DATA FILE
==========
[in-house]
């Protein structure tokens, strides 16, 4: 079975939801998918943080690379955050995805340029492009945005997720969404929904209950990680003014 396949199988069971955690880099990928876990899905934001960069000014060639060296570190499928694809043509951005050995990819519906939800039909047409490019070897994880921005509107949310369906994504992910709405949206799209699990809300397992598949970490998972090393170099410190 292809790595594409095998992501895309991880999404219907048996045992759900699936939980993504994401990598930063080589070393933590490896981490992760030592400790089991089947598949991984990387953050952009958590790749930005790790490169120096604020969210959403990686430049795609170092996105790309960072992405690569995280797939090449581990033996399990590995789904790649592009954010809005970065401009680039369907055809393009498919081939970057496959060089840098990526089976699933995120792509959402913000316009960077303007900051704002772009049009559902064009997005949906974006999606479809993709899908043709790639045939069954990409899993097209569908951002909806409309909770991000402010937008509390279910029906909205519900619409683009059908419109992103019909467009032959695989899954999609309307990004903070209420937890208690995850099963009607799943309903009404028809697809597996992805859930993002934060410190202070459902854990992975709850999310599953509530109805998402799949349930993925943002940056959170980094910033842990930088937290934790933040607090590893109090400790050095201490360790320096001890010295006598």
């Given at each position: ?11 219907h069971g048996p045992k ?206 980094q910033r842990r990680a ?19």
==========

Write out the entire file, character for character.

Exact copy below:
[in-house]
């Protein structure tokens, strides 16, 4: 079975939801998918943080690379955050995805340029492009945005997720969404929904209950990680003014 396949199988069971955690880099990928876990899905934001960069000014060639060296570190499928694809043509951005050995990819519906939800039909047409490019070897994880921005509107949310369906994504992910709405949206799209699990809300397992598949970490998972090393170099410190 292809790595594409095998992501895309991880999404219907048996045992759900699936939980993504994401990598930063080589070393933590490896981490992760030592400790089991089947598949991984990387953050952009958590790749930005790790490169120096604020969210959403990686430049795609170092996105790309960072992405690569995280797939090449581990033996399990590995789904790649592009954010809005970065401009680039369907055809393009498919081939970057496959060089840098990526089976699933995120792509959402913000316009960077303007900051704002772009049009559902064009997005949906974006999606479809993709899908043709790639045939069954990409899993097209569908951002909806409309909770991000402010937008509390279910029906909205519900619409683009059908419109992103019909467009032959695989899954999609309307990004903070209420937890208690995850099963009607799943309903009404028809697809597996992805859930993002934060410190202070459902854990992975709850999310599953509530109805998402799949349930993925943002940056959170980094910033842990930088937290934790933040607090590893109090400790050095201490360790320096001890010295006598």
């Given at each position: ?11 219907h069971g048996p045992k ?206 980094q910033r842990r990680a ?19």